Inland Rail report finds freight train between Brisbane and Melbourne would cost $10b and boost economy

 

News article: Inland Rail report finds freight train between Brisbane and Melbourne would cost $10b and boost economy

A long-mooted freight train line connecting Brisbane and Melbourne would cost about $10 billion to build but would be good for the Australian economy, according to a new report.

  freightgate Minister for Railways

Location: Albury, New South Wales
This is a better deal for the government than a failed east west link strategy and inveTment. 

How would the business case be viewed assessed by infrastructure Australia and why not start thn project in haste. Makes good sense.

Inland Rail report finds freight train between Brisbane and Melbourne would cost $10b and boost economy

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  Pressman Spirit of the Vine

Location: Wherever the Tin Chook or Qantas takes me
This is a better deal for the government than a failed east west link strategy and inveTment.

How would the business case be viewed assessed by infrastructure Australia and why not start thn project in haste. Makes good sense.
freightgate
Yes make perfect sense, but remember the gov has only spent $5b on 1,690 different reports and inquiries so far,
maybe they are waiting for that one report that says it's not worth it Rolling Eyes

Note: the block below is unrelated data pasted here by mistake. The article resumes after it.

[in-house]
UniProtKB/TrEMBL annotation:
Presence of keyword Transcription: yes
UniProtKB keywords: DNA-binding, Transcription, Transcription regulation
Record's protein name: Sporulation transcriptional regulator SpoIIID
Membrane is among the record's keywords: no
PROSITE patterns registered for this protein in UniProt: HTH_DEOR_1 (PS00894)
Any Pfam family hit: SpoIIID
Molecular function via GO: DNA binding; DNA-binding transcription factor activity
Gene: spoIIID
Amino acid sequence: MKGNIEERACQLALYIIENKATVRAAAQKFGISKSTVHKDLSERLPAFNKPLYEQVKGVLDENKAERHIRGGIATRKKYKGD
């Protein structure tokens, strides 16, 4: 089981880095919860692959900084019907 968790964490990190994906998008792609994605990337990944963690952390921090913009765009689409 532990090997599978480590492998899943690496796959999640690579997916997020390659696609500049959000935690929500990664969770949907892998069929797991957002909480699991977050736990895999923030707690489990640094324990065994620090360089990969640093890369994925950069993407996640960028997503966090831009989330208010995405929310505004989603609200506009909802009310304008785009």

freightgate Minister for Railways

Location: Albury, New South Wales
I like your approach. This project is vital for the suatainae freight growth but I feel taking into consideration the project does not include terminal upgrades it might struggle getting more freight into this new network.
  Carnot Chief Commissioner

Reading the report, the nearly 6.4 km long tunnel under Toowoomba will be quite an engineering achievement.  The question is now whether our governments have the fortitude to prevent freight in this country from becoming third rate compared with the rest of the world.
  BrentonGolding Chief Commissioner

Location: Maldon Junction
This is a better deal for the government than a failed east west link strategy and inveTment.

How would the business case be viewed assessed by infrastructure Australia and why not start thn project in haste. Makes good sense.
Yes make perfect sense, but remember the gov has only spent $5b on 1,690 different reports and inquiries so far,
maybe they are waiting for that one report that says it's not worth it Rolling Eyes
Pressman
Nah, if the government wants a report to say it's not worth it badly enough they would just organise one! They know it is good idea BUT the problems are a) they don't want to pay for it so will push it out till after the next election just in case they lose so they can blame the budget blow out on the other mob, b) it will take so long that they will never get any credit for it and c) it involves rail which as a highly unionised industry is anathema to the libs!

BG
  freightgate Minister for Railways

Location: Albury, New South Wales